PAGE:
Common diagnostic tests in the ED are x-rays, CT scans, blood and urine labs, and EKGs. Common treatments include IVs, medications, fluids, urinary catheters, and breathing treatments. Your room is home base. You may be taken to other parts of the hospital to have your procedures and imaging completed, but in most cases, you will return to that original room to await results.


Throughout your time in the ED, think of me, your nurse, as your care manager. It is my responsibility to assess and monitor your status, administer treatments, and evaluate their effectiveness. I will probably be the person you see most during your stay. I’ll be in your room at least once an hour, checking your blood pressure, listening to your lungs, and titrating (measuring and adjusting) your medication drip. If you have any questions or needs, you can direct them to me.


Unfortunately, I will make unpleasant requests of you - such is the nature of being a patient. I will ask you to wear an ugly, backless gown and likely poke you with a needle. I might have you drink gross medicine, and maybe even ask you to pee in a cup. I’ll tell you you cannot eat until your test results come back, and I’ll limit the number of visitors you have in your room.


Every now and then, you may protest a request. That is absolutely your right, but know this:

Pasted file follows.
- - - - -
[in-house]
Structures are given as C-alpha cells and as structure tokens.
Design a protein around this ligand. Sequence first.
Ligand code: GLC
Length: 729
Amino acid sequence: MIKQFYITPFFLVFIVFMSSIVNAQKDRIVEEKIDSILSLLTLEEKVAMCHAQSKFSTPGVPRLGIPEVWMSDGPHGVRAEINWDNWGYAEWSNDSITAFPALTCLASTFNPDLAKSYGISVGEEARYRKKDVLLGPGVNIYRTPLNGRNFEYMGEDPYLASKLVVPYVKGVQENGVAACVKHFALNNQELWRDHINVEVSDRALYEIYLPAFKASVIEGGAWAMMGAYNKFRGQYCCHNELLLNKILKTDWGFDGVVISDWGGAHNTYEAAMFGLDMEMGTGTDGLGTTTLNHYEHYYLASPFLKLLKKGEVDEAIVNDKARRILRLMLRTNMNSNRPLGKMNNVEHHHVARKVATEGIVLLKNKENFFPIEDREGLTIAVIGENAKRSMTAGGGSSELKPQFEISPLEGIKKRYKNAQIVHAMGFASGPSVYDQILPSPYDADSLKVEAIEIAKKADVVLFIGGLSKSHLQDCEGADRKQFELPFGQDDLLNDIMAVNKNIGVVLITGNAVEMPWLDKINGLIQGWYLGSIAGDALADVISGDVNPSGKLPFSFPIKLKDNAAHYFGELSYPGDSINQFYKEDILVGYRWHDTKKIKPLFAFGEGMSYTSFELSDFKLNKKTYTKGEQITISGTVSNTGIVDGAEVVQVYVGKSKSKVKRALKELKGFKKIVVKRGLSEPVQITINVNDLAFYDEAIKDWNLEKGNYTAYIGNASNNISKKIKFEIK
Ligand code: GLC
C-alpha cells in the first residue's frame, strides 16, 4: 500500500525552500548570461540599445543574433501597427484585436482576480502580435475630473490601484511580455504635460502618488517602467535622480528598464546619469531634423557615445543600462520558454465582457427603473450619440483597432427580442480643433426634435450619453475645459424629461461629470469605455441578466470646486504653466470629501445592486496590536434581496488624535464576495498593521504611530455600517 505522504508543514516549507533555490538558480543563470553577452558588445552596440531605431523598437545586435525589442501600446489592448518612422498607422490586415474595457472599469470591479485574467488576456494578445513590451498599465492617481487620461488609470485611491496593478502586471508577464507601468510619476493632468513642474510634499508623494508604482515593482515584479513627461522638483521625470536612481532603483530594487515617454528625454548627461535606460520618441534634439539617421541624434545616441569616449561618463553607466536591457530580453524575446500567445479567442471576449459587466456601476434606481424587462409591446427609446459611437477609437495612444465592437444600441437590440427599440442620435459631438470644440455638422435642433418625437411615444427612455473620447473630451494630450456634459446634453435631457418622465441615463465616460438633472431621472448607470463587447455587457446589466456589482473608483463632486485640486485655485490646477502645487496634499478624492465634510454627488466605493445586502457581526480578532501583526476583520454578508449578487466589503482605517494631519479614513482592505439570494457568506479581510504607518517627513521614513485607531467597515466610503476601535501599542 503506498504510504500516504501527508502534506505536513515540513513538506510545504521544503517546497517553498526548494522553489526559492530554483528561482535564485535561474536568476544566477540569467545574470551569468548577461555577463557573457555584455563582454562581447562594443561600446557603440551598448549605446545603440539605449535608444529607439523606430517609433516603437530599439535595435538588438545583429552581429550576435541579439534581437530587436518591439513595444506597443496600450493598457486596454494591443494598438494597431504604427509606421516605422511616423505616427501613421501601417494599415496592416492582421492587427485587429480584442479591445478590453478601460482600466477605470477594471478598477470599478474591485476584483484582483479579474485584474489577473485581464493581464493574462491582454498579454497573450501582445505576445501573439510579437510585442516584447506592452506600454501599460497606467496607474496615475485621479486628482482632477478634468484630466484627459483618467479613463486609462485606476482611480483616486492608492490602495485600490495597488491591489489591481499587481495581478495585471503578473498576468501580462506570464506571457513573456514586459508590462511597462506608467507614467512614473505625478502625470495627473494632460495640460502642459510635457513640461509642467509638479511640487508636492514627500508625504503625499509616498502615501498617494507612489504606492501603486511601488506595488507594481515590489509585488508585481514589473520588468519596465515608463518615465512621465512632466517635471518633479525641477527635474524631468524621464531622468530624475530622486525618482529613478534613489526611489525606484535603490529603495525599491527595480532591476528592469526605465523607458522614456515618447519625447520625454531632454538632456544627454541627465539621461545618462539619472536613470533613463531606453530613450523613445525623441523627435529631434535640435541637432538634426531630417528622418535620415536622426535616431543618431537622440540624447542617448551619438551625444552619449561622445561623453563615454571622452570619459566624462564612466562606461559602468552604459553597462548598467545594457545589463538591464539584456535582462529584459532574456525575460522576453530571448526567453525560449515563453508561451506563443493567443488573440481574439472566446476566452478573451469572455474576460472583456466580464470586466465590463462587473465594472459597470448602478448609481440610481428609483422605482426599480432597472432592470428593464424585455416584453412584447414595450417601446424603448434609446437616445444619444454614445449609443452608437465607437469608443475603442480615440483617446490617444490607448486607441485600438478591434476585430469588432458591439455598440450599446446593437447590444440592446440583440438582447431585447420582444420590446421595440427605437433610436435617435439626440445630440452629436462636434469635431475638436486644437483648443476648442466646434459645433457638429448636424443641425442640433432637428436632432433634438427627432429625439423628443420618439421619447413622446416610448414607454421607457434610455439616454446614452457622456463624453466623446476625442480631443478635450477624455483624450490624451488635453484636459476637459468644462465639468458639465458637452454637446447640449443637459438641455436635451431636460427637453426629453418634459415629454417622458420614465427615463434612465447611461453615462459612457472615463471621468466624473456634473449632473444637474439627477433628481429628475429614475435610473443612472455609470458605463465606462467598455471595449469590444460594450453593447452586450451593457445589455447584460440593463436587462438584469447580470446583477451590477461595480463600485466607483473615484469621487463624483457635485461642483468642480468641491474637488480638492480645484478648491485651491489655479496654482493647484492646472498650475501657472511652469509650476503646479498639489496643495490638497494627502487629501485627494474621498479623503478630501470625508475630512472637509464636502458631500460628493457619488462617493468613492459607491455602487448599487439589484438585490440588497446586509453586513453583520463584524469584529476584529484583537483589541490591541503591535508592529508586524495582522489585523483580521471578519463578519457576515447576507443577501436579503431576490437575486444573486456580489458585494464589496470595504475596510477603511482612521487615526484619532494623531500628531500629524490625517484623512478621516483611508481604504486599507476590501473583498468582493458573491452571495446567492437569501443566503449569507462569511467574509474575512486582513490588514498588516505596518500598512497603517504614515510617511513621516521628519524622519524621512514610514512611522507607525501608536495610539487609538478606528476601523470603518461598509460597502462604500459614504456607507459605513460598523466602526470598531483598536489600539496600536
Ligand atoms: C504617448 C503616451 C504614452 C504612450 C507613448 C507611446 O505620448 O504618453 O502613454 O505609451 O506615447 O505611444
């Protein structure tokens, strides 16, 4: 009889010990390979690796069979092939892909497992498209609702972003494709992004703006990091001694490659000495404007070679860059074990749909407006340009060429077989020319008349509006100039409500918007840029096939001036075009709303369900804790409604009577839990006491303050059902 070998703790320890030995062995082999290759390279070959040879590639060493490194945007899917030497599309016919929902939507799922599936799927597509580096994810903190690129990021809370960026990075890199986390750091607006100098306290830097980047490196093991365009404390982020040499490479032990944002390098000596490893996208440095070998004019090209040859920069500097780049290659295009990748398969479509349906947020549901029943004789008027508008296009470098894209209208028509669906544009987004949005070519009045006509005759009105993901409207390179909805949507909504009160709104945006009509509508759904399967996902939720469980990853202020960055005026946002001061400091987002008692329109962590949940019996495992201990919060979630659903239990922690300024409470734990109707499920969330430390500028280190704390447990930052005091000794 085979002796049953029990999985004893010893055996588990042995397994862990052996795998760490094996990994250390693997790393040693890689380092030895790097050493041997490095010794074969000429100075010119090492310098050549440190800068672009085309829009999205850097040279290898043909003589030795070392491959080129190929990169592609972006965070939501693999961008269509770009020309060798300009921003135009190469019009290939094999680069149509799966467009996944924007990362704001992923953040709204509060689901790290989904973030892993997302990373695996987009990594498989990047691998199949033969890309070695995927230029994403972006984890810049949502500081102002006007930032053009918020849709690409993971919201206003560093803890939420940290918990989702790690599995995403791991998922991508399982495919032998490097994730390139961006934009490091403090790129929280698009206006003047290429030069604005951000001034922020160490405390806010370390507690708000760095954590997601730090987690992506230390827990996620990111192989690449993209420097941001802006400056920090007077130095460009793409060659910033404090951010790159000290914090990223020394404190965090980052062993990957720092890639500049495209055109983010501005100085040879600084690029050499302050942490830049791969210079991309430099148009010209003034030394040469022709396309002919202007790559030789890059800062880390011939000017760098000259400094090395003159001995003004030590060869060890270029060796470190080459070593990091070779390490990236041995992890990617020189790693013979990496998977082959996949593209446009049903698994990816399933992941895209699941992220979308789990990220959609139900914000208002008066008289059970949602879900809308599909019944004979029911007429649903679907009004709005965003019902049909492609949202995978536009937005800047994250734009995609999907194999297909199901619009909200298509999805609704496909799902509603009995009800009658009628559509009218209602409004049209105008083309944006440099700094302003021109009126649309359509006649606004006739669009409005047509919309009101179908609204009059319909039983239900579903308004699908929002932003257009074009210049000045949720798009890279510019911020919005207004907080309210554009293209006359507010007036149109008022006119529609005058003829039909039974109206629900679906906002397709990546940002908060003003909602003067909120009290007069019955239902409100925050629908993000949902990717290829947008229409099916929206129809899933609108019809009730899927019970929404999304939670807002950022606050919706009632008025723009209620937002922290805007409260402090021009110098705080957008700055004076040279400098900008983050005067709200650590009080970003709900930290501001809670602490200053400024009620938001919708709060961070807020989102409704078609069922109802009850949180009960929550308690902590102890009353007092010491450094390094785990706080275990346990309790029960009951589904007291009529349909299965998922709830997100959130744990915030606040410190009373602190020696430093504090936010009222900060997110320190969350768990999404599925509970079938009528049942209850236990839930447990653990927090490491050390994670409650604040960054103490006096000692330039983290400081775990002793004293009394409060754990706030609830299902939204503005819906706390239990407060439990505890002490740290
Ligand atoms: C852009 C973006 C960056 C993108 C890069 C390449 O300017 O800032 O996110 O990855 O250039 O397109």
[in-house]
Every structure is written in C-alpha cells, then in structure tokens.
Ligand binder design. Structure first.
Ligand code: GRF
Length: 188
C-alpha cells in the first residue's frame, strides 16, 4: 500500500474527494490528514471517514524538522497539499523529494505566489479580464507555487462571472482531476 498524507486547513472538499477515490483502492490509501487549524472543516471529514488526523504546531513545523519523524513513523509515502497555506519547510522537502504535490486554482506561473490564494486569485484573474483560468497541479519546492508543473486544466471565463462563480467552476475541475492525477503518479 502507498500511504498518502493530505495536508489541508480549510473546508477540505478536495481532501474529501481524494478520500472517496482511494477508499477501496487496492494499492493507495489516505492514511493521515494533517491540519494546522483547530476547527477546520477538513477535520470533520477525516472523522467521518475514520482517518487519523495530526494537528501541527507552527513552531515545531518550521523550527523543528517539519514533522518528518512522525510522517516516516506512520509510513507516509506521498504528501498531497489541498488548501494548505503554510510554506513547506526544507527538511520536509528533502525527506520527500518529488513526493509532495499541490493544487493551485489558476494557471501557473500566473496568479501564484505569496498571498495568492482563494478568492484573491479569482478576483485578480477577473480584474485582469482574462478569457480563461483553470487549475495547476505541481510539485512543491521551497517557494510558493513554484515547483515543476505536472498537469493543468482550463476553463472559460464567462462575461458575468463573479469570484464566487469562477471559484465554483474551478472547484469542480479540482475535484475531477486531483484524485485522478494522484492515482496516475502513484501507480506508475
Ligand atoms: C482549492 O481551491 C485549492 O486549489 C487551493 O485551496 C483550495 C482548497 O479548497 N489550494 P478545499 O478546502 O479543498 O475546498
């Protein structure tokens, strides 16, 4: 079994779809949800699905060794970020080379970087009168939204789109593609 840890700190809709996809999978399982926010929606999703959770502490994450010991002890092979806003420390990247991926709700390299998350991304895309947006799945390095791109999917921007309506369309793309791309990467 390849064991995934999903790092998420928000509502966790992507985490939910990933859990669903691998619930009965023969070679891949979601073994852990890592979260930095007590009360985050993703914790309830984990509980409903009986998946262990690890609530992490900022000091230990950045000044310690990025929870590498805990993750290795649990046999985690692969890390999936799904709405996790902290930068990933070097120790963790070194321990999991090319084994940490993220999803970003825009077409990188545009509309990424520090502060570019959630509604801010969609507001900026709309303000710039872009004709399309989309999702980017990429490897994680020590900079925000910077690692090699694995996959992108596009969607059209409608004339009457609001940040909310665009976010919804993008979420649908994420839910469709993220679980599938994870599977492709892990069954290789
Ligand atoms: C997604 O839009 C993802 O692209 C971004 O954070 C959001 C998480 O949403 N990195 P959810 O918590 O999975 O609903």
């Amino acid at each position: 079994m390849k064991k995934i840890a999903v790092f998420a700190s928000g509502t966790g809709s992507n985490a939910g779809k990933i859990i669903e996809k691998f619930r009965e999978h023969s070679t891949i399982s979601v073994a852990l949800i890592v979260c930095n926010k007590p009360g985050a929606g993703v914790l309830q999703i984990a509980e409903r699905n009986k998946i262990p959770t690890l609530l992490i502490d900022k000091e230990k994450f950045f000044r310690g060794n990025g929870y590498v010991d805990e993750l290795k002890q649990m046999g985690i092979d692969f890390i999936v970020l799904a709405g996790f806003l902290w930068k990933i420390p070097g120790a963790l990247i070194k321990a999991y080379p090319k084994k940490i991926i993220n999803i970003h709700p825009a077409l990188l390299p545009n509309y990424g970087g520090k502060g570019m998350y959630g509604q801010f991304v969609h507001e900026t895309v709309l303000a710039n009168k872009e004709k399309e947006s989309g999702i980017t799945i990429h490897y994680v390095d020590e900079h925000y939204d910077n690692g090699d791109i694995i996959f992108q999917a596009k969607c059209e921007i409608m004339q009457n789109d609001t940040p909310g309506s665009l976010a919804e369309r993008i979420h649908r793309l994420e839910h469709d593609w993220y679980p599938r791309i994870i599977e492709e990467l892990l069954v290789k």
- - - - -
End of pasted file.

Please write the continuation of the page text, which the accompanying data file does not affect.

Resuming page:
You have come to the Emergency Department for our help. There is not one thing an ED nurse will ask of you that is not absolutely necessary. Your nurses hustle 12 hours a day, strategically planning each next minute. Every step we take, every ask we make is part of a coordinated routine we’ve developed to give our patients the best, most timely care. Your cooperation gets you the care you need as smoothly as possible.


The focus of emergency medicine is to identify and treat time-sensitive, life-threatening conditions - or rule them out. Is your chest pain from a heart attack or is it acid reflux?  Your lab and imaging results, along with your response to various treatments, inform your provider’s decisions. For many patients, this discernment process is not a straight line. It can take a significant amount of time.


The average length of stay in an Emergency Department in the US is greater than 4 hours. If you have a condition that requires admission to the hospital, your ED length of stay can be closer to 6 hours.